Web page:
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build that, someone else made that happen, the internet economy we have today. in our view, it has some parts. i give credit to the clinton administration. back in 1996, they believed in a law, with the agreement of republican congress, that the internet should be unfettered by federal and state regulation. it is 47 u.s. code 230. years, from 1996 until 2015, we had the market-based approach to the internet. trillion in network investment, we saw small startups become global giants, like facebook, amazon, netflix, google. consumers benefited in ways that were unthinkable one generation ago. we find it hard to remember that 20 years ago, the internet meant getting aol cd-roms in the mail, hearing the modem when you are trying to dial-up. it is incredible how much
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innovation we have seen in the past 20 years. i would argue it's not because of government, it's because we made the decision not to regulate the internet like a slow-moving utility, like amtrak, or your electric company. view, the decision to impose these net neutrality regulations, it was a solution. it wasn't broken when the previous administration decided to fix it. the result of the fix turned out to be negative. infrastructure for the first time at the -- outside of the recession decline. ultimately, we saw countries around the world thinking the americans are getting in on the game, maybe we should start thinking about heavy-handed regulations, as well. that is part of the reason why the entire enterprise was misguided. people were upset, i think it's because a lot of people saw political advantage. use all of these fears. we documented some of them.
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we saw a broadcast in 2017 when we made our decision. this is in the end of the internet as we know it, you will have to pay five dollars for a tweet, our internet will look like portugal's. are my favorite, the internet will go one word at a time. last time i checked, you can still hate tweet your favorite fcc chairman without any problem . in in our view, it generates a lot of heat because some people saw political advantage in it. the results of our decision are becoming clear. inorts that came out december shows that speeds for the internet increased from december 2017 to december of 2018 by over 35%. we see infrastructure investment going up, we hear about new companies investing and entering the space. in our view, this free-market approach is proven to be the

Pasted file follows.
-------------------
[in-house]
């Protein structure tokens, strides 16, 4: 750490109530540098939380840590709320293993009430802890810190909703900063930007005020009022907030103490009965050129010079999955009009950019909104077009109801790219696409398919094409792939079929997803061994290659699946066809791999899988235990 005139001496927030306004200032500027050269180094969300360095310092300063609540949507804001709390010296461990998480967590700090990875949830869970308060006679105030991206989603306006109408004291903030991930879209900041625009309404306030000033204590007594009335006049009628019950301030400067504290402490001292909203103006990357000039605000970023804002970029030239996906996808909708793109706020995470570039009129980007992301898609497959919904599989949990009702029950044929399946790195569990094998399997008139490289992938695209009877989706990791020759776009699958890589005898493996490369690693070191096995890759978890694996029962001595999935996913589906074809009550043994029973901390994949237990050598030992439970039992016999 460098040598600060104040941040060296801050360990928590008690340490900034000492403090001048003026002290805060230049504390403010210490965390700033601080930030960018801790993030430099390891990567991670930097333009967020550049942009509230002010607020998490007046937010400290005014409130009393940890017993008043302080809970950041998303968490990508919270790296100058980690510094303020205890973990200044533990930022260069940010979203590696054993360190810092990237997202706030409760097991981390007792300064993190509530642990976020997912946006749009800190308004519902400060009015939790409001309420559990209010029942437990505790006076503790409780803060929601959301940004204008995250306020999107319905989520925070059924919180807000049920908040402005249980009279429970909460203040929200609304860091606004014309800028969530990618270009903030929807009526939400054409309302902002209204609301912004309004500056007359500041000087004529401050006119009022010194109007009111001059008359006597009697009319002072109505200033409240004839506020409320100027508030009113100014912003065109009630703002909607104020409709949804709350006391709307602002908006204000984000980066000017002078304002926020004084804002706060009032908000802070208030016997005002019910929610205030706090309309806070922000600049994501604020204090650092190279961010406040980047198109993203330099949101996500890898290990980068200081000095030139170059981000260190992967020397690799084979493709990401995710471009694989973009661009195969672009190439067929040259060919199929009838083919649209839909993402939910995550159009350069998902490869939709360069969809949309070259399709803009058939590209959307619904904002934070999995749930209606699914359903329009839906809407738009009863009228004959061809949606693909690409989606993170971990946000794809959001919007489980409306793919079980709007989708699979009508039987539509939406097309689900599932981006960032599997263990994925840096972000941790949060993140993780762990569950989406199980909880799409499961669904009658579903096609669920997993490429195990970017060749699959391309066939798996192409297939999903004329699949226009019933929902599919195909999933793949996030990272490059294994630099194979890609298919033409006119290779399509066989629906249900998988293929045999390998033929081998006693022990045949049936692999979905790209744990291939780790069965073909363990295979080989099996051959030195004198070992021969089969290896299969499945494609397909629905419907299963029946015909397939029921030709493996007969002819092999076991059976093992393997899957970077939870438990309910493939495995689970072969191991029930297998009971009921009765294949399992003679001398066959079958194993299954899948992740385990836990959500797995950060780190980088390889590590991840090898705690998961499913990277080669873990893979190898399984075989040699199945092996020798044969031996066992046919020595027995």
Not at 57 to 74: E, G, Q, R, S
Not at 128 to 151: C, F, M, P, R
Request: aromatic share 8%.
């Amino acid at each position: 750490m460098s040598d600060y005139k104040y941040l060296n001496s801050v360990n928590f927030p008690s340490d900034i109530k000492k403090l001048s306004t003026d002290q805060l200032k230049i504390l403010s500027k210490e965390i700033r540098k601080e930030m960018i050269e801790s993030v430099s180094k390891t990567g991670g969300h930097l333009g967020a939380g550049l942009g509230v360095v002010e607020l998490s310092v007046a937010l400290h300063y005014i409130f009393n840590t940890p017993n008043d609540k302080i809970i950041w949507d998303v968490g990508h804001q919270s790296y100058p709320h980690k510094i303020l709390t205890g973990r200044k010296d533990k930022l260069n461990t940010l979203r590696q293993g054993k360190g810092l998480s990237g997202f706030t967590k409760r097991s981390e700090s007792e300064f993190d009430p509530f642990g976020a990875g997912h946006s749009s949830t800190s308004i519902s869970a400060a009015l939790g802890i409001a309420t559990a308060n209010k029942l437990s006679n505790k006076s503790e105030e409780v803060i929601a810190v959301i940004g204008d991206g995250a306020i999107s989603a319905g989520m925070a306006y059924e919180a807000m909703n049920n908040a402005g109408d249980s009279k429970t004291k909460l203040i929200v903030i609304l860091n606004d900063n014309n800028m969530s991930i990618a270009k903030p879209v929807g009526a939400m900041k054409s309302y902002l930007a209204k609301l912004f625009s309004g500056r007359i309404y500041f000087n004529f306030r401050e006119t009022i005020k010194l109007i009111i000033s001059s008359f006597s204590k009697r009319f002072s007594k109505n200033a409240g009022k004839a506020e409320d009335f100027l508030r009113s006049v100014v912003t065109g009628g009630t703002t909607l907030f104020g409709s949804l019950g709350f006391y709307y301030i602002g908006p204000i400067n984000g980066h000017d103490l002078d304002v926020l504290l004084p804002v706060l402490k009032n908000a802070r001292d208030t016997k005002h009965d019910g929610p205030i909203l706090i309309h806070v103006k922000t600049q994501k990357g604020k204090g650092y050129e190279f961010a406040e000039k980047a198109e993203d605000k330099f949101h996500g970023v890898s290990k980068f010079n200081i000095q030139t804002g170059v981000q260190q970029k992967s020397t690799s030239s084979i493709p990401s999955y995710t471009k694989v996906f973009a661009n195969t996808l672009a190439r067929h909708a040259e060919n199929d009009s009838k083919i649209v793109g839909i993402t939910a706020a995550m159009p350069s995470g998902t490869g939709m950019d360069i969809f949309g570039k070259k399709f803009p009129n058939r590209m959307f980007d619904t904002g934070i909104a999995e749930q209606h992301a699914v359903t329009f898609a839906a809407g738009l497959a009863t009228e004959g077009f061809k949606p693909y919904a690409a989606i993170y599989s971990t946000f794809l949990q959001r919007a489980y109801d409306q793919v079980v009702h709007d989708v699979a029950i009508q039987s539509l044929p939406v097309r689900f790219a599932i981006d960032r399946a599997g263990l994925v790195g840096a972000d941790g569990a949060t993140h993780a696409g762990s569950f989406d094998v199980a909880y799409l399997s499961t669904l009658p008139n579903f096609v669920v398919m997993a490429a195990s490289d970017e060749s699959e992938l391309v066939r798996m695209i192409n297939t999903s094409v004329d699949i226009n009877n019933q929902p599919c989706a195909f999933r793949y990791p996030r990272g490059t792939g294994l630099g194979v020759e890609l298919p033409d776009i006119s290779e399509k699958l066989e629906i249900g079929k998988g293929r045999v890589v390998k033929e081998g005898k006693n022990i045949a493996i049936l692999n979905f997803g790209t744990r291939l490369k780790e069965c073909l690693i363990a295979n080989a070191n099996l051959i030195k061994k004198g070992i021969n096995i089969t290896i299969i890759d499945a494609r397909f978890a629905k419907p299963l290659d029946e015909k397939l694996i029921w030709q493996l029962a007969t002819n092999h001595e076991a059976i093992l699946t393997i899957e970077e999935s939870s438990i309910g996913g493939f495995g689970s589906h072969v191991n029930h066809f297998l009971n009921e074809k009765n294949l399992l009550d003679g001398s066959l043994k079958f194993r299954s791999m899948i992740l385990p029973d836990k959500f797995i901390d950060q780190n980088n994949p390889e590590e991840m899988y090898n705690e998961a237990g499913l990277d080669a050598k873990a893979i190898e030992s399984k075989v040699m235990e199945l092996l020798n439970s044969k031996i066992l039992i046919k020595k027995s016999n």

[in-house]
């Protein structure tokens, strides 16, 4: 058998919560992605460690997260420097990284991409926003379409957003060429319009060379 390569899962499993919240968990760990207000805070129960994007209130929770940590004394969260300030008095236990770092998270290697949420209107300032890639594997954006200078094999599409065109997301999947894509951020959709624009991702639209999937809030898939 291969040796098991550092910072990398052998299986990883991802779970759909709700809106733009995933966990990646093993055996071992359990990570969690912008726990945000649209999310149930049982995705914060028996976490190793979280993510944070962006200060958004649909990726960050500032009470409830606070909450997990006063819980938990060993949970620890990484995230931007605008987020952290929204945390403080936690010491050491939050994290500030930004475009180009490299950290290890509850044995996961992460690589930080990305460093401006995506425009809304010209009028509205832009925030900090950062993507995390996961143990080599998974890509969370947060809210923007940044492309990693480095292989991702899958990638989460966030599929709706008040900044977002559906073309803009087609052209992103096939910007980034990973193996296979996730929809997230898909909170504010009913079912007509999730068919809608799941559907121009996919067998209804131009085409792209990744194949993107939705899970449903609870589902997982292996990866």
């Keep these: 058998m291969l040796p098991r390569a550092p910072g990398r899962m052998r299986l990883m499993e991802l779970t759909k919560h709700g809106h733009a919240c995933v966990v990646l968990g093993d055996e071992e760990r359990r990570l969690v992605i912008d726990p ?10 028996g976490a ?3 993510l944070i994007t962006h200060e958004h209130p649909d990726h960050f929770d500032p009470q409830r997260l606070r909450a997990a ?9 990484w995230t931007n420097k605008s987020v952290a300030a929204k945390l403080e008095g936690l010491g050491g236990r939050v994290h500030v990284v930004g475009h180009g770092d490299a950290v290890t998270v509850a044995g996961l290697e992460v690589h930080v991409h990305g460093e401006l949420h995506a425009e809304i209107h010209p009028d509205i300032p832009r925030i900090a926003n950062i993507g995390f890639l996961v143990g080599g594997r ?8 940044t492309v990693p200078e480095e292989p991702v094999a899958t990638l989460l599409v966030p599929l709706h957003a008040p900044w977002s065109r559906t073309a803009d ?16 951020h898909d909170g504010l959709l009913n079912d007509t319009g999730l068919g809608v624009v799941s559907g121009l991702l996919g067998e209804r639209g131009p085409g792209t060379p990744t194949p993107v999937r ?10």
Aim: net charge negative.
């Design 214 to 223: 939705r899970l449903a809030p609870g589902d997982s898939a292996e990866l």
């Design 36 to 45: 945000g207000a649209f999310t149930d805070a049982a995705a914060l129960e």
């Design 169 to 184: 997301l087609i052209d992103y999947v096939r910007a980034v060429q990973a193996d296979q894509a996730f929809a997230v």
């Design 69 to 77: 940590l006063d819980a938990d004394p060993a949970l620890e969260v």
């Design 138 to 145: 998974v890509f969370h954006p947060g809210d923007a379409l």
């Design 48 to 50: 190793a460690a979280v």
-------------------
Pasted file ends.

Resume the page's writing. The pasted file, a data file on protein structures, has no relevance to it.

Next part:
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right one. notwithstanding some grandstanding politicians or beltways special-interest. >> a bill was just pass that would overturn your decisionsed. , if it were go to the senate, that would be american law. if that happens, what are the worst case scenarios? it was a lot of political, but a backedmajor corporations the idea of keeping net neutrality. was that regulatory? did they want to stop smaller businesses from coming in? what was driving that? >> i think some of them wanted rivals.ate they achieved traumatic scale in silicon valley. they have some of the biggest companies in the world. they thought let's see meant a regulatory advantage by forcing our rivals, the people who build and operate these networks, heavy-handed regulations. the notion that paladin wireless in georgia has more power than
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google is absurd on its face, but that's what the previous administration decided to do. the big ones we all know, but even the small ones as preemptive monopolists. we talked about the 1934 communications act. the internet regulations imposed by the previous administration are based directly on those laws designed during the roosevelt administration to handle the telephone monopoly. that is the wrong type of approach, we think, to this dynamic framework of the internet. the nightmare scenario did come to fruition. rather than the last year of innovation you have seen, you start to see exactly the nightmare scenario play out. all of the isps do start charging different subscription models. they probably make an
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exception for you so they can send things to you, but they start charging access to they arenetflix, really clearly treating each traffic category. people say they hate this. at that point, is it the role of the fcc to regulate, or will the market bring in new players noticing people were so upset by the status quo? >> a few different points. first and foremost, we did not see that type of behavior in 20 years. we do not see them today. number two, we have a firm transparency regulations at the fcc. every service provider has to disclose business practices, network management practices to us and the american public. we would know that immediately, there would be scrutiny from us, the press, and others. number three, it is backed up by enforcement from the federal trade commission.